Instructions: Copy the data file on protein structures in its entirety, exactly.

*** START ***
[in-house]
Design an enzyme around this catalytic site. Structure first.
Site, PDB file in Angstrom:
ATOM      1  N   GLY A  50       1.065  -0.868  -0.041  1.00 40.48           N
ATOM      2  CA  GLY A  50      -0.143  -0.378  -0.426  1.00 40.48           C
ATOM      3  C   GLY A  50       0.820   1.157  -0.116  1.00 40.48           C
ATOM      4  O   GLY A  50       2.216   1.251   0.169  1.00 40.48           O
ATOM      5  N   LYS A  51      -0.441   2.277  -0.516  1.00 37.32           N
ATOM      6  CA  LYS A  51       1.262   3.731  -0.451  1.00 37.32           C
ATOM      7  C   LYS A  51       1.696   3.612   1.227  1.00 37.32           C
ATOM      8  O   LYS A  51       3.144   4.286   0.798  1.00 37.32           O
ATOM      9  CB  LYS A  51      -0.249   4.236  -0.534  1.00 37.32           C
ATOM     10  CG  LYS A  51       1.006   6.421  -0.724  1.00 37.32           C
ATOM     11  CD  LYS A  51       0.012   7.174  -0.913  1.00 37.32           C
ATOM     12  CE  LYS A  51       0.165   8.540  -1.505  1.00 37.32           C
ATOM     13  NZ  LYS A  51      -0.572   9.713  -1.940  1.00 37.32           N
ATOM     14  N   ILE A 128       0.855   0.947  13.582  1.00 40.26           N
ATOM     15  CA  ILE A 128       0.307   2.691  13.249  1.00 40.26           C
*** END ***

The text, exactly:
[in-house]
Design an enzyme around this catalytic site. Structure first.
Site, PDB file in Angstrom:
ATOM      1  N   GLY A  50       1.065  -0.868  -0.041  1.00 40.48           N
ATOM      2  CA  GLY A  50      -0.143  -0.378  -0.426  1.00 40.48           C
ATOM      3  C   GLY A  50       0.820   1.157  -0.116  1.00 40.48           C
ATOM      4  O   GLY A  50       2.216   1.251   0.169  1.00 40.48           O
ATOM      5  N   LYS A  51      -0.441   2.277  -0.516  1.00 37.32           N
ATOM      6  CA  LYS A  51       1.262   3.731  -0.451  1.00 37.32           C
ATOM      7  C   LYS A  51       1.696   3.612   1.227  1.00 37.32           C
ATOM      8  O   LYS A  51       3.144   4.286   0.798  1.00 37.32           O
ATOM      9  CB  LYS A  51      -0.249   4.236  -0.534  1.00 37.32           C
ATOM     10  CG  LYS A  51       1.006   6.421  -0.724  1.00 37.32           C
ATOM     11  CD  LYS A  51       0.012   7.174  -0.913  1.00 37.32           C
ATOM     12  CE  LYS A  51       0.165   8.540  -1.505  1.00 37.32           C
ATOM     13  NZ  LYS A  51      -0.572   9.713  -1.940  1.00 37.32           N
ATOM     14  N   ILE A 128       0.855   0.947  13.582  1.00 40.26           N
ATOM     15  CA  ILE A 128       0.307   2.691  13.249  1.00 40.26           C